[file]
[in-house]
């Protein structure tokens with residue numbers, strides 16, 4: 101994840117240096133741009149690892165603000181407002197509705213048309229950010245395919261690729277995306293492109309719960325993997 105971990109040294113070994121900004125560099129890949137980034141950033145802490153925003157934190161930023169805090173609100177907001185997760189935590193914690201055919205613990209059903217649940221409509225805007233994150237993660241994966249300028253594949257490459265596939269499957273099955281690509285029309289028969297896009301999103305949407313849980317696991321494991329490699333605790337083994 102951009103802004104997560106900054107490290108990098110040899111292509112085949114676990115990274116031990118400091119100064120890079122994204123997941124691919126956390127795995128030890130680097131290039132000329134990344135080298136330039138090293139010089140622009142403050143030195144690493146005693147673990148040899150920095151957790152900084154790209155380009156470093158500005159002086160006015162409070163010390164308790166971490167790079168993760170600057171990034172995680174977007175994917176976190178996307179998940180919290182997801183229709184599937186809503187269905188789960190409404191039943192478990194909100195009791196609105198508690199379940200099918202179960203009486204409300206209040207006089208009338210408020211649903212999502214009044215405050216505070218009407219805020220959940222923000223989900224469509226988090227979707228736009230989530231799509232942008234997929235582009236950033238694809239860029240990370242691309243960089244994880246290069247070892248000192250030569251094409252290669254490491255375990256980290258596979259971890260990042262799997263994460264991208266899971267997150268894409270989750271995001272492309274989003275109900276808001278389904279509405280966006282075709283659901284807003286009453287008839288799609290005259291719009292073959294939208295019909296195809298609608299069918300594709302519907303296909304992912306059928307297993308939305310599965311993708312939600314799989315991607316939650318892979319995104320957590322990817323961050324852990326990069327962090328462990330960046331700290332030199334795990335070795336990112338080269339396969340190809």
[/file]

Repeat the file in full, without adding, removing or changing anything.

[in-house]
């Protein structure tokens with residue numbers, strides 16, 4: 101994840117240096133741009149690892165603000181407002197509705213048309229950010245395919261690729277995306293492109309719960325993997 105971990109040294113070994121900004125560099129890949137980034141950033145802490153925003157934190161930023169805090173609100177907001185997760189935590193914690201055919205613990209059903217649940221409509225805007233994150237993660241994966249300028253594949257490459265596939269499957273099955281690509285029309289028969297896009301999103305949407313849980317696991321494991329490699333605790337083994 102951009103802004104997560106900054107490290108990098110040899111292509112085949114676990115990274116031990118400091119100064120890079122994204123997941124691919126956390127795995128030890130680097131290039132000329134990344135080298136330039138090293139010089140622009142403050143030195144690493146005693147673990148040899150920095151957790152900084154790209155380009156470093158500005159002086160006015162409070163010390164308790166971490167790079168993760170600057171990034172995680174977007175994917176976190178996307179998940180919290182997801183229709184599937186809503187269905188789960190409404191039943192478990194909100195009791196609105198508690199379940200099918202179960203009486204409300206209040207006089208009338210408020211649903212999502214009044215405050216505070218009407219805020220959940222923000223989900224469509226988090227979707228736009230989530231799509232942008234997929235582009236950033238694809239860029240990370242691309243960089244994880246290069247070892248000192250030569251094409252290669254490491255375990256980290258596979259971890260990042262799997263994460264991208266899971267997150268894409270989750271995001272492309274989003275109900276808001278389904279509405280966006282075709283659901284807003286009453287008839288799609290005259291719009292073959294939208295019909296195809298609608299069918300594709302519907303296909304992912306059928307297993308939305310599965311993708312939600314799989315991607316939650318892979319995104320957590322990817323961050324852990326990069327962090328462990330960046331700290332030199334795990335070795336990112338080269339396969340190809």